- Cutting edge researchers.
- Other researchers, postgraduates, and scientists in related fields.
- Dedicated patient advocates.
- Medical technology developers, funding sources.
- Physicians, clinicians and medical technicians.
- Interested members of the public.
In this model of human endeavor, knowledge flows outward while funds and newly participating members of the community flow inward - or at least, that is the ideal. In practice, managing this flow of knowledge is a big and thorny problem: many of the most important movements in technology over the last few decades have focused on how to best move knowledge from inner circles to outer circles. Consider the open science movements, fights over closed journal business models, and the many efforts to try to adopt open source practices in the scientific community, to consider but a few examples.
Let me advance a definition for the purposes of this article: documentation is the name given to explanations and tutorials produced by the members of one circle that are intended for the next outermost circle. For example, review papers written by scientists present an overview of progress in one area of research rather than new data or results. These review papers are a form of documentation for the next outermost circle of researchers - scientists in other fields, or postgraduates, or other academics with less experience in the topic at hand.
To take another example, what I do at Fight Aging! is a form of documentation by this definition: ongoing efforts to explain the ins and outs of longevity science to people who are less familiar with the field, and who have less time to devote to understanding the work of researchers. Academic publicity services at the major universities also perform a similar task, producing explanations for the outer circles of doctors, interested members of the public, and the like.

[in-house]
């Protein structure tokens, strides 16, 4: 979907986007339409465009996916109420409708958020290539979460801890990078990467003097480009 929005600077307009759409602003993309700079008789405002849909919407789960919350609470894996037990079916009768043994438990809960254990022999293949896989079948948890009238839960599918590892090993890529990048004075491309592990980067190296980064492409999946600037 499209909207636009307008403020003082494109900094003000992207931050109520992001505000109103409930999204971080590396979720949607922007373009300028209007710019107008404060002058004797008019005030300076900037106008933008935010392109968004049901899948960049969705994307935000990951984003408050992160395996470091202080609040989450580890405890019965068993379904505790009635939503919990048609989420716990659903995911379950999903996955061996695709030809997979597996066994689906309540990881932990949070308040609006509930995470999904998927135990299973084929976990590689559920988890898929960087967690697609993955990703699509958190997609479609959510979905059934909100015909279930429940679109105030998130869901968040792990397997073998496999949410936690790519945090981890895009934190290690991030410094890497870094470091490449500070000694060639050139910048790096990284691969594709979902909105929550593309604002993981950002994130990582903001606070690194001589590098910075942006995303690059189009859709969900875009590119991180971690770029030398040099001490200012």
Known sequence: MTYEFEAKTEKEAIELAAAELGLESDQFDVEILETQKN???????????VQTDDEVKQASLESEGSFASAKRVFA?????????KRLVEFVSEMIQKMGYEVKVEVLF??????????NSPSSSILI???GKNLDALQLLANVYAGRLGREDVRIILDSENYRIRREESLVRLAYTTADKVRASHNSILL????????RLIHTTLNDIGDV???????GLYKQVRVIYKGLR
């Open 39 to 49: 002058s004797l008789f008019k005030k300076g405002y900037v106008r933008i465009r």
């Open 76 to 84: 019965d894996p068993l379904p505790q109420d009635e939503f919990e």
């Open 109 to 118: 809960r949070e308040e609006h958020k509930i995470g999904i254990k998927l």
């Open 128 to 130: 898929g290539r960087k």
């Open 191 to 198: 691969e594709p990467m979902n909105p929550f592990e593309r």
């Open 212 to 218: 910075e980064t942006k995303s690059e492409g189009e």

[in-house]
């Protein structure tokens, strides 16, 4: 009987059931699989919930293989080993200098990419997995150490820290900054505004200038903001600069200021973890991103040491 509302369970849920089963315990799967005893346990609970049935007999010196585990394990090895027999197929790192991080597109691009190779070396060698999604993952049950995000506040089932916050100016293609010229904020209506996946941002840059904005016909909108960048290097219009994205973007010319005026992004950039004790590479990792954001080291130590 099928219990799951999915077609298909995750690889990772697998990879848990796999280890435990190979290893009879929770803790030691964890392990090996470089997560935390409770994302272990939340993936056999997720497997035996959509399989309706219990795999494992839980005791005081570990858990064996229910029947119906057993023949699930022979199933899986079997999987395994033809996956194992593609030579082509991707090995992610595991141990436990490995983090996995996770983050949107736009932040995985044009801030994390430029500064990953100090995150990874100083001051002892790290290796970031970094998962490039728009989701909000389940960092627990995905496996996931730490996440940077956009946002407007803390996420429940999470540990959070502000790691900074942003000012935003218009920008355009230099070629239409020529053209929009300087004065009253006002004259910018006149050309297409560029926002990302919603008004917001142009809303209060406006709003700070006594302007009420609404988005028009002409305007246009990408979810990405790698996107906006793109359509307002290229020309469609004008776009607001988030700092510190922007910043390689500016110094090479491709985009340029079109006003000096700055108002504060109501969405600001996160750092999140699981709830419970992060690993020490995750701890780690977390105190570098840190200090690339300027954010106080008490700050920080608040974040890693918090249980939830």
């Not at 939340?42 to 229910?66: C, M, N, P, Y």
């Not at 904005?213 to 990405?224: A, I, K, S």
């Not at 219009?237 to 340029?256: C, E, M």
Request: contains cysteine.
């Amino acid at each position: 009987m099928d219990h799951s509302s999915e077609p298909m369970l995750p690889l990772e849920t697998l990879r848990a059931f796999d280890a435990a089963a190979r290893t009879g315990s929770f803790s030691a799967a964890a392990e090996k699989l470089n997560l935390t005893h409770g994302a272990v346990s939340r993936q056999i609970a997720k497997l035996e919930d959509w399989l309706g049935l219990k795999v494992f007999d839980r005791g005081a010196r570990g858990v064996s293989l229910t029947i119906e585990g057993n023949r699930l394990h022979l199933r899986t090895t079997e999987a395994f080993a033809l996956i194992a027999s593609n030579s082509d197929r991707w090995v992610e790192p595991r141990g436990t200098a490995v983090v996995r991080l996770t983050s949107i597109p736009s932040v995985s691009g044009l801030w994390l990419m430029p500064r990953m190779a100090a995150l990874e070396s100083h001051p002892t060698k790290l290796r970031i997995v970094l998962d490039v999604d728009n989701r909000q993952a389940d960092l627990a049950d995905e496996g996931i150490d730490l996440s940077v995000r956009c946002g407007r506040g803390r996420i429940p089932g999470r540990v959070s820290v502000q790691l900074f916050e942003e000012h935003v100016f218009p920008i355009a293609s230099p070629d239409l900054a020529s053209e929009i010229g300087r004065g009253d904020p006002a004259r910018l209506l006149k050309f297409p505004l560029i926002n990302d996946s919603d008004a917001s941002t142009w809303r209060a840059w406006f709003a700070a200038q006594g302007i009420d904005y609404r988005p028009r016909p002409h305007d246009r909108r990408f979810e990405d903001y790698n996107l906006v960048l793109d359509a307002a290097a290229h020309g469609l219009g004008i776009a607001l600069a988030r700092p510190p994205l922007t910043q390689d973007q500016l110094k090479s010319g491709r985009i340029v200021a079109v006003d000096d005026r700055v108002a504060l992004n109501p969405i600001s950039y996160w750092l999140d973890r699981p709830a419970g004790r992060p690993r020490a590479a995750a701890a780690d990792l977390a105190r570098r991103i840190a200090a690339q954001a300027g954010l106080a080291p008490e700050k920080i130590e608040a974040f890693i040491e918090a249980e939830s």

Documentation thus moves raggedly and through many hands, as each circle learns from the inward circles and then in turn explains its knowledge, understanding, and work to the outer circles. That there are so many layers involved goes a long way towards explaining how science so often becomes garbled and misinterpreted on the way from researchers to the interested public. The process works over time, however, as the example of Hotmail well illustrates. The level of knowledge in the outer circles does increase, and the efforts of people involved in producing documentation make it easier for new ideas to gain traction.
Researchers, Like Most Communities, Document Poorly and Reluctantly
Anyone who spends time working in a technical field eventually forms a cynical attitude towards documentation: it is never what it might be, and the next innermost circle never does a good enough job of explaining themselves. This is simply the way of the world: most people in a given circle spend the majority of their time and effort in communicating with each other, not with the members of the next outermost circle. In the sciences, researchers write papers for one another as a part of the business of research, and this publishing of results is not intended to educate anyone other than peers at a similar level of expertise in the same field.
The process of producing documentation for outer circles is nonetheless very important, despite being undertaken by only a minority in any field. It is only through documentation that there can exist a roadway of information to connect researchers who produce new science with developers who build clinical applications of that science. If documentation is lacking, then so is the pace of development: developers work on what they know, what can be understood, and what can be sold to their investors. Ultimately, that knowledge must come from efforts made by researchers to explain their work.